Drag queens read to kids at Chula Vista library without disruption
Protesters, for and against the city-sanctioned event, filled the parking lot in the hour leading up to the reading
Two drag queens took the stage Tuesday as planned for the first Drag Queen Storytime at a Chula Vista library, while outside a crowd of about 200 supporters and protesters took over a parking lot.
The event went off without a hitch despite weeks of opposition and requests for the city to call it off, as has happened in other communities across the country in response to similar story times. Instead, the opposition gave rise to a wave of support as the city and many members of the community stood behind the event.
On Tuesday, police set up two “free speech zones” — separated by barriers — that allowed both groups to voice their opinions, with officers, some in plainclothes, between the two sides.
On the one side, supporters, who slightly outnumbered protesters, said the story time was an opportunity to teach children acceptance and tolerance.
“No hate, no fear — everyone is welcome here,” they chanted. The group included residents, faith leaders and elected officials such as Mayor Mary Salas.
On the other side, some protesters said they didn’t think the event was age-appropriate, while others preached about it going against their religious beliefs. Opponents included residents, ministers and members of an anti-LGBTQ group known as MassResistance.
The controversy over the event spilled into an evening City Council meeting, with residents speaking in support and against the story time.
In the hour before the story time began, supporters gathered at nearby Friendship Park.
Chula Vista Councilman Steve Padilla urged the group to remain focused on their message of love.
“They want us to get angry,” he said. “They want us to get angry so they can have a spectacle …”
“We are going to do something much more powerful,” he said, drawing an applause.
Story time supporters chanted, “Say it loud, say it clear: Everyone is welcome here,” as they marched toward the library.
Salas said she viewed the story time as a way to teach children that no matter what they may face or however different they may feel — “whether they have big ears or walk with a limp” — they are accepted.
Salas said she tried to talk to as many protesters against the event as she could.
“They’re saying they’re praying for us? Well, I’m praying for them, too. That they come to some level of understanding,” Salas said of the protesters.
The mayor told the group of supporters not to lose hope and to keep trying to peacefully explain the purpose of the story time.
Some of the protesters said they did not have a problem with drag queens, but that they did not want them around children.
Dolores Williams, 66, of the Skyline area of San Diego, said she was there for her youngest grandchildren, ages 12 and 14.
“I am standing up for the rights of children to grow up as children and not to be indoctrinated into this kind of thing,” said Williams.
Hector Gastelum, who serves on the Otay Water District board, criticized Salas and Padilla for promoting the event, which he said was irresponsible.
“This material is just not age-appropriate for kids,” he said.
Chula Vista mom Rachel Danford-Smith said the event was exactly what she wanted her children, Grady and Anna, exposed to in order to teach them tolerance and love.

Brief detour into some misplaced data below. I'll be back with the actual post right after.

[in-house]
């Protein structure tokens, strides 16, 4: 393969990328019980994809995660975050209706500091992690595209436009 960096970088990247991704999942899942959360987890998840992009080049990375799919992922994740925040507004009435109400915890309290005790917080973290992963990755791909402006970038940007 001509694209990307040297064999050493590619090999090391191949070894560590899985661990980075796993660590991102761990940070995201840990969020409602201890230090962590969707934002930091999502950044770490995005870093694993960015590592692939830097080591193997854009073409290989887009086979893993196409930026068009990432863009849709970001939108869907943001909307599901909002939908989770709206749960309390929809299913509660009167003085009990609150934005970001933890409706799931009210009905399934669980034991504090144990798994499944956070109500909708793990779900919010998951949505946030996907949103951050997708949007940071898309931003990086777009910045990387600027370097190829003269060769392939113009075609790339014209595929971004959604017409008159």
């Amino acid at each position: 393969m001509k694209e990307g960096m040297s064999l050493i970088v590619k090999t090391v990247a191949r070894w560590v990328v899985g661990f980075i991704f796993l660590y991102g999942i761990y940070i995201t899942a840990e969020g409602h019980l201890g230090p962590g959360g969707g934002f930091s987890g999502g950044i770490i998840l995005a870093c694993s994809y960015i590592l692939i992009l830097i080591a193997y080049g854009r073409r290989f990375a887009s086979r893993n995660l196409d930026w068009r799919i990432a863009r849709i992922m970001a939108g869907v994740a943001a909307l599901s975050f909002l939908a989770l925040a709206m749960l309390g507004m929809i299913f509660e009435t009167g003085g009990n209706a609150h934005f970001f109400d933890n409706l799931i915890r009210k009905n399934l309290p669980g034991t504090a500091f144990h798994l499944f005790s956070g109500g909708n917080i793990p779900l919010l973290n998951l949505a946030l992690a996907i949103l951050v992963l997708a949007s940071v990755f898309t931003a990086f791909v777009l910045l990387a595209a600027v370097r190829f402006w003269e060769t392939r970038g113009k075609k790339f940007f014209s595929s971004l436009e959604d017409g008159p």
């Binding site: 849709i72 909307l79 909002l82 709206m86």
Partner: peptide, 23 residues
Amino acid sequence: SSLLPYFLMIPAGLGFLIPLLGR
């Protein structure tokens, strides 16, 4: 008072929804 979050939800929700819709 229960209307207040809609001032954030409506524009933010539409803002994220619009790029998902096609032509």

“I am really big on diversity,” said Danford-Smith, who teared up explaining why she brought her 3-year-old and 1-year-old.
“I want my children to know that we come from all walks of life and that it’s OK to be who you are,” she said.
Danford-Smith said her 1-year-old daughter, Anna, was exhausted from chasing bubbles during the entire story time.
“It was a lot fun. It was very interactive,” she said.
Sister Donatella Soul, a drag queen, brought Dr. Seuss books and crayons for the kids, saying she wanted the youngsters to realize they didn’t have to conform to society or religion by carrying guilt or stigma.
“I just want them to have joy in their life and make sure they stay in touch with their authentic self,” she said. She was not reading to the kids on this occasion but said she knew people who had participated in similar events.
Inside the library, parents and children filled an auditorium during two sessions of a lively story time with Raquelita and Barbie Q, the two drag queens who read picture books, danced and sang to the audience.
Many of the parents and children sported shiny gold crowns, feather boas and rainbow, heart-shaped stickers.
The crowd laughed and snapped their fingers as the duo on stage read two books: “Julián is a Mermaid” — a tale about a boy who makes his own mermaid costume at home, inspired by three women he sees on a subway — and “It’s Okay to Be Different,” which delivers a message of acceptance, tolerance and confidence.
And when Raquelita and Barbie Q performed two songs from Disney classics — “Part of Your World” from “The Little Mermaid” and “How Far I’ll Go” from “Moana” — the audience sang along and cheered them on.
Spring Valley resident Gabriela Prendimano said she felt it was all the more important to turn out to support the LGBTQ community in response to the opposition.
“I’m not going to let her grow up thinking that it’s OK to be hateful like these people outside,” she said, looking over at her daughter.
Courtney Ware, of Spring Valley, said it was clear to her which side was right about the event.
“It was everything that the library promised it would be and nothing that the haters said it would be,” she said as she carried her toddler son, who wore a golden crown.
“The whole room was filled with positive energy,” she added. “I almost felt like crying.”
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